Nov
2012

PUGLIA

Many American wine drinkers have found their way to Puglia via a grape called primitivo. Several years ago, researchers at UC Davis proclaimed that primitivo, thought to be a native vine of Puglia, was genetically identical to American red zinfandel — and thus the progenitor of all those rich, spicy “zins” from the likes of Turley and Ridge. This Italian-American connection got a fair amount of press, to the point where at least one Puglian primitivo producer, Sinfarossa, began using the word “zinfandel” on labels to enhance its wine’s international appeal.


Turns out that primitivo, too, came from somewhere else. Researchers at the University of Zagreb recently determined that a Croatian vine called Crljenak Kasteljanski, a relic of the Austro-Hungarian Empire, is the “original zin,” if you will. (Sorry but I just thought that up myself and couldn’t resist using it.)


Still, that connection between primitivo and zinfandel remains — both genetically and in the glass. Americans dig primitivo because it reminds them of wines made at home: It’s chunky, fruity, a little spicy, but so super-ripe and (relatively) tannin-free that those in search of an “easy drinking” red need look no further.


Primitivo’s habitat is the flat, super-hot southern end of Puglia, known as the Salento peninsula, the part that comprises the “heel” of the Italian boot. Here, in soils so iron-rich that they’re the color of rust, giant bush-trained vines turn out primitivo grapes so ripe that the resultant wines are always ready to go on release. These bush vines, known as alberelli (“little trees”) are holdovers from the days of Greek viticulture on the peninsula, and even today this area of Puglia has a very Greek look, with its low-slung, whitewashed villages gleaming in the brilliant sun.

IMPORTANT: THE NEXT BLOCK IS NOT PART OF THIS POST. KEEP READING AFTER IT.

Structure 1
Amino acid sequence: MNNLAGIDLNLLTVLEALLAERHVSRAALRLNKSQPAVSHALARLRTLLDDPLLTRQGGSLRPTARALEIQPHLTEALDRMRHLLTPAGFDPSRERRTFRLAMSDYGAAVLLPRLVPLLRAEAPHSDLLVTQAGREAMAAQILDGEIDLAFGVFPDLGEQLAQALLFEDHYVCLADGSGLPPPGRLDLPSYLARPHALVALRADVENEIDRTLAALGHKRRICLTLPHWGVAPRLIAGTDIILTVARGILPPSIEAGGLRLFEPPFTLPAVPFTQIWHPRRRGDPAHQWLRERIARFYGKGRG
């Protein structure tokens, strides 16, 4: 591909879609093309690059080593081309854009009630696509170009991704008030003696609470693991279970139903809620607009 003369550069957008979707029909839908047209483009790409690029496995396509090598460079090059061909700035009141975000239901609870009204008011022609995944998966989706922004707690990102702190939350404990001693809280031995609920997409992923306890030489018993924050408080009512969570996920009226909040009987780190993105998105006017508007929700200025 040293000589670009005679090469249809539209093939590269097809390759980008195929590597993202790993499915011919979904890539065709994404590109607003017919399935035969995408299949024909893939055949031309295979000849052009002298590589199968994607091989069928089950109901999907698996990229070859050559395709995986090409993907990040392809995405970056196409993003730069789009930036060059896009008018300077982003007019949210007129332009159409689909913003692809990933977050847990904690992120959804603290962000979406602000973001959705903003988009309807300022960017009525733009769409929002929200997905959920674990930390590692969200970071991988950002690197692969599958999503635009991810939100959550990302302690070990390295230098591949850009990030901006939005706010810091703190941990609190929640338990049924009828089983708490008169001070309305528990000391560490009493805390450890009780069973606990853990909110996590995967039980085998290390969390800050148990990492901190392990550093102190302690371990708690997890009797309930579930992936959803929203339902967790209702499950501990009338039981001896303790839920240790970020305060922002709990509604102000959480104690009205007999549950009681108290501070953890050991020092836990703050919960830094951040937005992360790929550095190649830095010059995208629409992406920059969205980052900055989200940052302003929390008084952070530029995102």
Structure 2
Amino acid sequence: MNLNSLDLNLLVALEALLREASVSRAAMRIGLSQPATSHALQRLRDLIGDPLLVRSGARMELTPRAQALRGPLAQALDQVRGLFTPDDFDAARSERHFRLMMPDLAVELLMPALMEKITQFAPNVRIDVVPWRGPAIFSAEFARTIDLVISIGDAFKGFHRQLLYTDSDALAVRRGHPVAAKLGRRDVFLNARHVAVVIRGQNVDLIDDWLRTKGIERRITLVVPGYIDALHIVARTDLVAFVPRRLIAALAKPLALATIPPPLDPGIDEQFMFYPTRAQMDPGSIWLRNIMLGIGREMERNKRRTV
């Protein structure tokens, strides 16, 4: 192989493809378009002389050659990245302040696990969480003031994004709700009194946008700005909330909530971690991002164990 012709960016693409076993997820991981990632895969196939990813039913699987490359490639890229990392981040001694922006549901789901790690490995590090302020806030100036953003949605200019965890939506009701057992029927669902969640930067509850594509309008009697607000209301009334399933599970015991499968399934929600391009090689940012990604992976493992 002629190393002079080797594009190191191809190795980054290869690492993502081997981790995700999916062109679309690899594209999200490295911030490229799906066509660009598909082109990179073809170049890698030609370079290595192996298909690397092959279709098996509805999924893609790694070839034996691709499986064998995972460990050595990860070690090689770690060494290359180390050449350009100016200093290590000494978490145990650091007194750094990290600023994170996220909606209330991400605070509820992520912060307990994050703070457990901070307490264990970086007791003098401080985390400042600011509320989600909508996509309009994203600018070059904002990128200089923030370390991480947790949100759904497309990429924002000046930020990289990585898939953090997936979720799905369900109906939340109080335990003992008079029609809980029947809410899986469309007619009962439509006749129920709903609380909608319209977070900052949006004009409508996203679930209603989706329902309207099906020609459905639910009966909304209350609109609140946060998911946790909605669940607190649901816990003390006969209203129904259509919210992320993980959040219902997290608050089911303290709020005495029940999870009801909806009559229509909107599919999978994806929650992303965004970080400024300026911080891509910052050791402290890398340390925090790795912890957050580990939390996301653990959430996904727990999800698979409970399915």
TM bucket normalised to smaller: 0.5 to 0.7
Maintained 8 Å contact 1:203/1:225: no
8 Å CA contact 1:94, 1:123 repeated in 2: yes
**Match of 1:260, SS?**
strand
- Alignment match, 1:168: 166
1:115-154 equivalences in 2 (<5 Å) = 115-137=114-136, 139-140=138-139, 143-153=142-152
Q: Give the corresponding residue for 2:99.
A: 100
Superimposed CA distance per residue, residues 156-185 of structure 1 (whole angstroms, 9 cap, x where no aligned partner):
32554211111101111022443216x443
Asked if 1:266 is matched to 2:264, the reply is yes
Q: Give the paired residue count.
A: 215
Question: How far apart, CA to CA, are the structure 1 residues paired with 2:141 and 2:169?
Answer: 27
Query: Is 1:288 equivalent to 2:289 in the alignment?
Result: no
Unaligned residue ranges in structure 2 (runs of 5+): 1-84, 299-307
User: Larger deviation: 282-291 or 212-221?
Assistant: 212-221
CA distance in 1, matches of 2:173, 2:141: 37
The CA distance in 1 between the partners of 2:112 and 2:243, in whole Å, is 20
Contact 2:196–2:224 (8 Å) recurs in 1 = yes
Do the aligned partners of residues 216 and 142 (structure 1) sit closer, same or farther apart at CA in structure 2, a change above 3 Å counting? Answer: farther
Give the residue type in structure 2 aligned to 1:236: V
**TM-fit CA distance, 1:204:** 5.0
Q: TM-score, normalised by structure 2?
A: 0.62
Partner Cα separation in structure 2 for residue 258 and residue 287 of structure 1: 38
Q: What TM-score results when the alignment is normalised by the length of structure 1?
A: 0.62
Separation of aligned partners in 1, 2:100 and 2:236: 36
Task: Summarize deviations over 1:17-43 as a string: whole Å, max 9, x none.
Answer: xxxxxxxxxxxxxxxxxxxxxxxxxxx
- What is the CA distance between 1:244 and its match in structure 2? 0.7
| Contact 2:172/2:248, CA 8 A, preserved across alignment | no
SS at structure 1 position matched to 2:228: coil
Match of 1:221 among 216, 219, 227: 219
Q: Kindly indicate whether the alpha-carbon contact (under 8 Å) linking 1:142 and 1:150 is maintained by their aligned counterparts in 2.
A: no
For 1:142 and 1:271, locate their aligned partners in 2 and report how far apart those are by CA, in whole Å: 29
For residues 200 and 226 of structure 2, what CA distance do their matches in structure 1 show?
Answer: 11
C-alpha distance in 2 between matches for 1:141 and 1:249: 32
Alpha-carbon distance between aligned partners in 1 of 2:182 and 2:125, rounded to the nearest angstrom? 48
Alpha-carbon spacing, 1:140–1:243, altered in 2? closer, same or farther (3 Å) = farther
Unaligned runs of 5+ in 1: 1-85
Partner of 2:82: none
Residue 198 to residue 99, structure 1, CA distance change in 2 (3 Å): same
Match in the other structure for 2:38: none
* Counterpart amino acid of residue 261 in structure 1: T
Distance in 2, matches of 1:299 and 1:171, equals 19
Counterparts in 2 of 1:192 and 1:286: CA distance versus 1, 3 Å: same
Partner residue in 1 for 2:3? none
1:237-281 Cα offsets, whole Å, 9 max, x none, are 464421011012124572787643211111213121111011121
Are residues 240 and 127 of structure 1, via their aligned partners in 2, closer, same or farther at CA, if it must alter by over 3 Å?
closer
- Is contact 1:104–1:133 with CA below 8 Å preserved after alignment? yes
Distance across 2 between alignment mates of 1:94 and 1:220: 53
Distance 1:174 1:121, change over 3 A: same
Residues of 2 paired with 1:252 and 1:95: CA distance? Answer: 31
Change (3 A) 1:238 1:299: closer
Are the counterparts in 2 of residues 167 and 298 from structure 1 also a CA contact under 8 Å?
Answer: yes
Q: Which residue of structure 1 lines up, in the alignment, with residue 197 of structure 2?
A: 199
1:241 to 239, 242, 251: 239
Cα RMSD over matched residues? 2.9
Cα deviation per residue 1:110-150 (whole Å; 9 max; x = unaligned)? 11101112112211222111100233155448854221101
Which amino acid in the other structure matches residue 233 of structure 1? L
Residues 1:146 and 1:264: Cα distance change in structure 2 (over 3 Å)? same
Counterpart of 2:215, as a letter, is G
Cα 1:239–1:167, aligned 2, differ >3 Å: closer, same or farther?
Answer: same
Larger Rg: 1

I consider primitivo to be the most friendly and fruity of the three best-known “native” reds of the region, but in my heart (and on the Babbo list), it’s the other two that are gaining momentum. First there’s negroamaro, another Salento native, best known as the key component in the wine called Salice Salentino (Salice Salentino is the name of a town; the wine is 80% negroamaro and 20% malvasia nera). Second, there’s uva di troia, or nero di troia, a dark and spicy little number from the northern Puglian province of Foggia. Thought to have originated in ancient Troy (thus the name), uva di troia may be the most interesting variety of the three; it seems to make the most structured, serious wines, although that may have at least something to do with its slightly hillier, more northern habitat.


As perhaps the most prolific wine-producing region in Italy, Puglia has no shortage of ripe reds for you to try. I often recommend Puglian wines to tannin-phobes, but this is not to say that they are always just simple, juicy reds. I do sometimes find Puglian reds (especially primitivos) to have a over-ripe, almost “cooked” taste to them, but when they’re on they deliver the kind of palate-coating viscosity that has made California reds so popular. Here’s one each from the “big three” to try on your next visit—I like them with some of the spicier southern-style pastas, such as Bucatini all’Amatriciana, Maccheroni alla Chitarra, or the very Puglian Orecchiette with Rapini and Sweet Sausage.


Primitivo “Prima Mano,” A-Mano

American expat winemaker Mark Shannon crafts this thick and spicy primitivo.


Negroamaro “La Corte,” Poggio Il Pino

A plump, plush expression of dark berry fruits. Silky.


Nero di Troia, Rivera

From a great winery in the northern Puglian town of Castel del Monte, the D.O.C. in which this ancient grape thrives. This varietal wine is a little reminiscent of malbec, with its black-as-night hue and wintry spices.